vocation by Fatbor Luko Shcehan,
and several vocal selections by tho
Bond Imperial Mule quartet.
Mayor Welcome Guests.
Mayor J. A. Eastcs, In his address
ot welcome to tho members' ot tho
stockmen's association, turned over
tho keys ot tho city to them, litirolly
as well as figuratively. A huge
wooden key, two feet In length, he
presented to Georgo Russell ot Pr'rro
villo, vlco president of tho associa
tion, appointing him acting mayor
ot Bond during the two days of tho
ponvcntlon, whllo a glittering star
12 inches In dlametor was pinned on
tho broad chest of James M Kyle of
Stanfleld, who waa named acting
Mr. Russell briefly acknowledged
tho honor, .nnd tho formal response
wns -given by Walter M. Plerco of
La Grande, Mr. Plerco commented
on tho phenomenal, but substantial,
growth of Bend, nnd In tho courso ot
his address declared that Jho world
now looks to Amorlca?for n solution
of Its problems. The stockmen, I
through food production, will play
no small pari In this, ho maintained,
"Tho last year has been an event
ful ono In tho cuttle Industry," he
continued, "for due to war demand
prices haVo increased and production
-lias been great l? stimulated. . What
the futuro holds In store for us would
bo difficult to say, but wo cannot
bollevo that it will bo In tho nature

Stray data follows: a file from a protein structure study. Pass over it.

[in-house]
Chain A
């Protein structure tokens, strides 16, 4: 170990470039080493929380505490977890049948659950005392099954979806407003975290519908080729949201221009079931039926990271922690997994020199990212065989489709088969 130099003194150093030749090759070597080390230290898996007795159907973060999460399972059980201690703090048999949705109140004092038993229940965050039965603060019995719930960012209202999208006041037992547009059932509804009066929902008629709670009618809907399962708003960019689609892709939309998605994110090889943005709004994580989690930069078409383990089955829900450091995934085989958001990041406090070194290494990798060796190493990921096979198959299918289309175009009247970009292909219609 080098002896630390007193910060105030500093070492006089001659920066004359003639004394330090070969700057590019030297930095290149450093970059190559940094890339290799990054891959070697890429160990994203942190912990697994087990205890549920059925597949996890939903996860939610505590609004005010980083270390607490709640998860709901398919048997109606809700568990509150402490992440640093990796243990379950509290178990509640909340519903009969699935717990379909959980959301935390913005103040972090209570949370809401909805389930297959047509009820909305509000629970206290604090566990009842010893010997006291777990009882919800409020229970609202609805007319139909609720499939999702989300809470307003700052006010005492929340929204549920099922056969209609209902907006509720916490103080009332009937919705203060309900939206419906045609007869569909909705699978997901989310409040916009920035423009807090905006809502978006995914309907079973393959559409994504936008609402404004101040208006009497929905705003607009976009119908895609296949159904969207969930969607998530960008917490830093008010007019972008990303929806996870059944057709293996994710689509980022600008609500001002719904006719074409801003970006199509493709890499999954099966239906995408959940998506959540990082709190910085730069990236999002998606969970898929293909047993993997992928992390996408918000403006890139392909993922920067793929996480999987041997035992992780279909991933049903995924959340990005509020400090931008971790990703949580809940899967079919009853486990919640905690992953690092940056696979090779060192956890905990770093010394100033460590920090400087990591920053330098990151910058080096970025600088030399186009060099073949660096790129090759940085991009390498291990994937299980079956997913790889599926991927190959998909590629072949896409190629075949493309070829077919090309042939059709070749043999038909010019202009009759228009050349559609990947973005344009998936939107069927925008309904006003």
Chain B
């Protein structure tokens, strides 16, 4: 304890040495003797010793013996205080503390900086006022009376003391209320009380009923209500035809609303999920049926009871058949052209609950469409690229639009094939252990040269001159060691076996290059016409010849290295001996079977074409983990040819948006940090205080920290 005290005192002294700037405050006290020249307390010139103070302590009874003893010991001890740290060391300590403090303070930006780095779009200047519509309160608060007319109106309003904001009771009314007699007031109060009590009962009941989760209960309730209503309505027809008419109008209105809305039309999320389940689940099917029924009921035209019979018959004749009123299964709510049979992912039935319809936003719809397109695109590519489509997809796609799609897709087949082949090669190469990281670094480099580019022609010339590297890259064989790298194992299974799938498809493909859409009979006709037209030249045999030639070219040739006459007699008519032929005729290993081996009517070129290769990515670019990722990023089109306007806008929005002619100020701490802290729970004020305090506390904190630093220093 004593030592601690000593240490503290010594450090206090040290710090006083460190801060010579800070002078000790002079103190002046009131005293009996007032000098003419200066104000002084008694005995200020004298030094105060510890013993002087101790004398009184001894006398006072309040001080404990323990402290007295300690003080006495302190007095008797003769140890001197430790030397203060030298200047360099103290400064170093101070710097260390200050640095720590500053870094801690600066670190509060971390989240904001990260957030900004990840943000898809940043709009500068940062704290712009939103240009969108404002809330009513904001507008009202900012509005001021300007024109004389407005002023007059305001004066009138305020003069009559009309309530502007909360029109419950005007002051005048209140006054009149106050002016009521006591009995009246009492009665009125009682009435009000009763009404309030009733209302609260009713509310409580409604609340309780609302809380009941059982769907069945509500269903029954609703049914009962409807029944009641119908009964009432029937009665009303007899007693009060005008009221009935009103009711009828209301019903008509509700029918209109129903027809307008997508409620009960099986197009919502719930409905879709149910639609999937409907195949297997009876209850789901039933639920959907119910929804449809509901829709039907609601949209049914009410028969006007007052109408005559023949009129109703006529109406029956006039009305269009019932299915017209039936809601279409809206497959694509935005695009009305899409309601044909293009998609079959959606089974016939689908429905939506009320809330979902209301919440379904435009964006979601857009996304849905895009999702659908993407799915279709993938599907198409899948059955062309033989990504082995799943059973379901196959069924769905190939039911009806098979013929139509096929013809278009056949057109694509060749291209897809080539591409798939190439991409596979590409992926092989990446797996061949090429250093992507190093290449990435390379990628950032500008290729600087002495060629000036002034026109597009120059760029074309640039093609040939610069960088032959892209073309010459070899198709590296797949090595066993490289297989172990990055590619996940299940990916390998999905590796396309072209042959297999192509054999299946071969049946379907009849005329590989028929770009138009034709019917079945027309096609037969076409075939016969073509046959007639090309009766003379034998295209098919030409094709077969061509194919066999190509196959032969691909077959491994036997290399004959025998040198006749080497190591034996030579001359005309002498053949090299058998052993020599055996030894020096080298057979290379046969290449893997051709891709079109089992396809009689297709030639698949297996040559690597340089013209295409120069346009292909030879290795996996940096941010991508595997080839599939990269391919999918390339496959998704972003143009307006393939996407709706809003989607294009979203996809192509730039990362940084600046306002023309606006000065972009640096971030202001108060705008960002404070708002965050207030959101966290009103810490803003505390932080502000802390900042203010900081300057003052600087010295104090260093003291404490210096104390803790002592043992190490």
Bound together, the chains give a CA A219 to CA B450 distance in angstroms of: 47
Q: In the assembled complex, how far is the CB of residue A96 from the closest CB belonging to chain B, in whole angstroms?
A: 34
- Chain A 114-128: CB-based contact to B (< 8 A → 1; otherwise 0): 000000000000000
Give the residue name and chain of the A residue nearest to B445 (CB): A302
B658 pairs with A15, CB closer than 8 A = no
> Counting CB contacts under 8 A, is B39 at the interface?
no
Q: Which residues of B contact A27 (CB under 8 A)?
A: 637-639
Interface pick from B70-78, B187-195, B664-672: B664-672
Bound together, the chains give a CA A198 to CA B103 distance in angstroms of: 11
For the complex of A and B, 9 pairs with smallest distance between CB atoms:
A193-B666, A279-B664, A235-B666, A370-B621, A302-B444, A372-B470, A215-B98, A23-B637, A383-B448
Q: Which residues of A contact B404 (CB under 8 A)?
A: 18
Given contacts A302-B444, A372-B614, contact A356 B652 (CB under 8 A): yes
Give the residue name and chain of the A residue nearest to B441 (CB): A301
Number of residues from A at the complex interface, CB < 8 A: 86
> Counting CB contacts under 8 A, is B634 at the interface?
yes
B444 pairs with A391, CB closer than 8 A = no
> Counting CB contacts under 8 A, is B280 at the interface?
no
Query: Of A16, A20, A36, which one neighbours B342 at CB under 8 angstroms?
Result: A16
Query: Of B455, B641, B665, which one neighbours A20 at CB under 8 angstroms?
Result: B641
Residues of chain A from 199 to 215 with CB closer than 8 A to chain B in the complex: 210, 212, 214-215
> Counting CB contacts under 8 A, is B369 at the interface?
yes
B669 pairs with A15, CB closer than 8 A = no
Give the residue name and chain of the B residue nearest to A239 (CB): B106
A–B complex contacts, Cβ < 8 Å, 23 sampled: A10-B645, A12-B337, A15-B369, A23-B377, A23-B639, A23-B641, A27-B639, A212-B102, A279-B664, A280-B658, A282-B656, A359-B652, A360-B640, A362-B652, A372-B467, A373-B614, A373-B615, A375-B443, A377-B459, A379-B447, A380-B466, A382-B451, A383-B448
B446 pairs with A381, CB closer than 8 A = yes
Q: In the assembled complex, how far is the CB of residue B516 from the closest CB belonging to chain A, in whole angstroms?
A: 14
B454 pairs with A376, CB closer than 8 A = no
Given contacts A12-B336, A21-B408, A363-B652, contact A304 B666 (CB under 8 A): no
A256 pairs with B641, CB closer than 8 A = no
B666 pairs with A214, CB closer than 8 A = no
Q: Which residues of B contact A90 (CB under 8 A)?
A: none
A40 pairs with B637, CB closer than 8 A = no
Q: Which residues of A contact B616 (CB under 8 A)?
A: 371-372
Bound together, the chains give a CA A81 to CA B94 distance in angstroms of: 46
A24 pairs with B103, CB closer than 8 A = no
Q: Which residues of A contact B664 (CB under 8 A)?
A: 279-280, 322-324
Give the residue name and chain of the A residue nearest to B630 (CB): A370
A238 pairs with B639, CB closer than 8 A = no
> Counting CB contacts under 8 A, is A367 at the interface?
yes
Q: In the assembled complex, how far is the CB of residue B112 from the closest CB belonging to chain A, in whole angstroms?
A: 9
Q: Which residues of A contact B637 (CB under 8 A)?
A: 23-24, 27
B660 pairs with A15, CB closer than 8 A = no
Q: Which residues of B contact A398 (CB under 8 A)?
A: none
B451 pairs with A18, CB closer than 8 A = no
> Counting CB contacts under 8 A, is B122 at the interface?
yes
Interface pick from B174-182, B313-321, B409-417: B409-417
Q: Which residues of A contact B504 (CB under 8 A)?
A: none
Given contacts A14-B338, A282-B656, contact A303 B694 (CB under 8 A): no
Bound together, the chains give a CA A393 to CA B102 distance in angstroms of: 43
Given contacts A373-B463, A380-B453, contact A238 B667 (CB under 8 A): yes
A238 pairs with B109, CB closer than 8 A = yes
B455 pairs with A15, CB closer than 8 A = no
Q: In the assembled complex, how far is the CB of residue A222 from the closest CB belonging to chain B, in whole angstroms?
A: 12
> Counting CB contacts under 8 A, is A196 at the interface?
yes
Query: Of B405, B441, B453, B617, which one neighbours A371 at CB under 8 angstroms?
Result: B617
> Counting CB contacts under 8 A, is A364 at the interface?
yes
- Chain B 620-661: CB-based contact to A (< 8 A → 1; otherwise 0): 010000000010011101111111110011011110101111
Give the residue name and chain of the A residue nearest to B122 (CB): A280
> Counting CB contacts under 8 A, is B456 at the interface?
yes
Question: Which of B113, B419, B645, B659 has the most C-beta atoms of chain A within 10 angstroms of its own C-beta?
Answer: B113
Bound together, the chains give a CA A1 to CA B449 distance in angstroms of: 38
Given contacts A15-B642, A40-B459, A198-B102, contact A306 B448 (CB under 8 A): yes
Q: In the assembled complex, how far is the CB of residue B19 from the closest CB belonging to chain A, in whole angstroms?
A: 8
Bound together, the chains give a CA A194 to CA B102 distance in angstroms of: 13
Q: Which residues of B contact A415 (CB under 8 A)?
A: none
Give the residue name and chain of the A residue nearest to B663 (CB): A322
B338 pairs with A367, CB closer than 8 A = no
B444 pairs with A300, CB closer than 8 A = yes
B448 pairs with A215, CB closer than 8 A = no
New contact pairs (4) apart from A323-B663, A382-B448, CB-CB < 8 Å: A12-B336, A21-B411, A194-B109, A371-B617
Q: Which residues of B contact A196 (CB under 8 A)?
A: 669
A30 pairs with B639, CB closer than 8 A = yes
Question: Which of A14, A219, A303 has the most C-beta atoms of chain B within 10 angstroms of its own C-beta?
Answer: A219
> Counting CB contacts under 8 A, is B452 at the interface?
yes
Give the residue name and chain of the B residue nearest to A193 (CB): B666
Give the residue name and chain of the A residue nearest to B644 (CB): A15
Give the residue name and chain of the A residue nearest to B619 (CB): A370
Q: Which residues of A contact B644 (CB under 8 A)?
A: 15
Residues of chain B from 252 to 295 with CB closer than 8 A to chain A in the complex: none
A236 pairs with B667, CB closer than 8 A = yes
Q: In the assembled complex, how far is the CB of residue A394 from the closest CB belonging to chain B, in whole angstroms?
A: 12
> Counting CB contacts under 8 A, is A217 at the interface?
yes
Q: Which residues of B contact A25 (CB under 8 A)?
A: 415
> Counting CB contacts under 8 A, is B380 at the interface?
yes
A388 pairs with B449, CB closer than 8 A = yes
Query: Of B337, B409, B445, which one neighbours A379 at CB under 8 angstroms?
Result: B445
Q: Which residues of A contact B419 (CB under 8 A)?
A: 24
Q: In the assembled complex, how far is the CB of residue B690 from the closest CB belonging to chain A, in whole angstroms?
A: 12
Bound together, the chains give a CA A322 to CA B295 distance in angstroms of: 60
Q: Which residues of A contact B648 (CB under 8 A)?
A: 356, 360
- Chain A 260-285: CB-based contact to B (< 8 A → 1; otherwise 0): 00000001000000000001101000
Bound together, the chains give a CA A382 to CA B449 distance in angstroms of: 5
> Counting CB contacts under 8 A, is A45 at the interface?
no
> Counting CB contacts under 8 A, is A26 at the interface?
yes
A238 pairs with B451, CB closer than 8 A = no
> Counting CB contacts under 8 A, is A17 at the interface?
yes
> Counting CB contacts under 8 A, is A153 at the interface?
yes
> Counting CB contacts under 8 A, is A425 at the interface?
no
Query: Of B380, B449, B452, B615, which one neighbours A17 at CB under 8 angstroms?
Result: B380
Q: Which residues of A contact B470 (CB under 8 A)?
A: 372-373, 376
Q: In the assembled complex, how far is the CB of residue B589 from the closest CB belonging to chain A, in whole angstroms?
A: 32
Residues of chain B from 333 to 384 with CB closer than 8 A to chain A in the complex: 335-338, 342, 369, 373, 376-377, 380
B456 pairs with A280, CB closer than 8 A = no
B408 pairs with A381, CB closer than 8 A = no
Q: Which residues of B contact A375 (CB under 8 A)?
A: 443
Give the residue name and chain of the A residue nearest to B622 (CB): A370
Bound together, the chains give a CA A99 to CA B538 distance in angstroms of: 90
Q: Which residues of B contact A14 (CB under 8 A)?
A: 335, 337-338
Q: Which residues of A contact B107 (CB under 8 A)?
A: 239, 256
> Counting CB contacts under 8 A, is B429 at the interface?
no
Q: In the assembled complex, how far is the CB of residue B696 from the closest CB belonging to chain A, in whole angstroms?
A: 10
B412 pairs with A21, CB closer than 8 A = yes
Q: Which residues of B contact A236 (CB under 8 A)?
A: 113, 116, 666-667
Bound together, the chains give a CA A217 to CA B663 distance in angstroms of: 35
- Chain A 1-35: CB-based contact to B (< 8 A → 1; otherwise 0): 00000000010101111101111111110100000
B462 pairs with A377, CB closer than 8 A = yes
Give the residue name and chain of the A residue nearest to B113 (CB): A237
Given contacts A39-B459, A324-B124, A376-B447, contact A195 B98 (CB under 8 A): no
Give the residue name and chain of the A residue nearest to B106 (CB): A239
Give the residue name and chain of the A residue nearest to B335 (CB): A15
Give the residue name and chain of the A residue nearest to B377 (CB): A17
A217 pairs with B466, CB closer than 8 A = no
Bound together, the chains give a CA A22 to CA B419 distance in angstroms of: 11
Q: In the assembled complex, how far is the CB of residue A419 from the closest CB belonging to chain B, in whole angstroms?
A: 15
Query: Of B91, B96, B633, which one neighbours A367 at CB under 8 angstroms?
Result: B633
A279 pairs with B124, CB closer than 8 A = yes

of a retrograde movement."
As a commlttco on credentials,
William Hanley ot Burns, J. Billings
ly of Ontario and J. N. Small of Sil
ver Lake were appointed. ,
Financial Surplus Shown.
Before the close of the morning
session tho financial reports ot Sec
retary Corroll and Treasurer William
Duby wero submitted, showing ap
proximately 11,000 now on hand In
tho association's treasury. During
tho past year $304 was taken in from
tho salo ot estray's, and $10,010 ro
ccived from other sources.
As tho closing order of business,
President Polman appointed A. R.
Olseu of Crano, A. M. Smith of Lake
view, Raymond Culavan of I'rlnovHle,
J. T. Logan of Brdgan and J, E.
Reynolds ot La Grande as members
of tho auditing committee, whllo for
tho coramlttoo on resolutions Grant
Mays of Portland, J, E. Snow of Day
villo, I. M. Mills of Paulluu, Charles
Zbinden bt Fossil, R. Dunby of John
Day, Walter M. Pierce of La Oraudo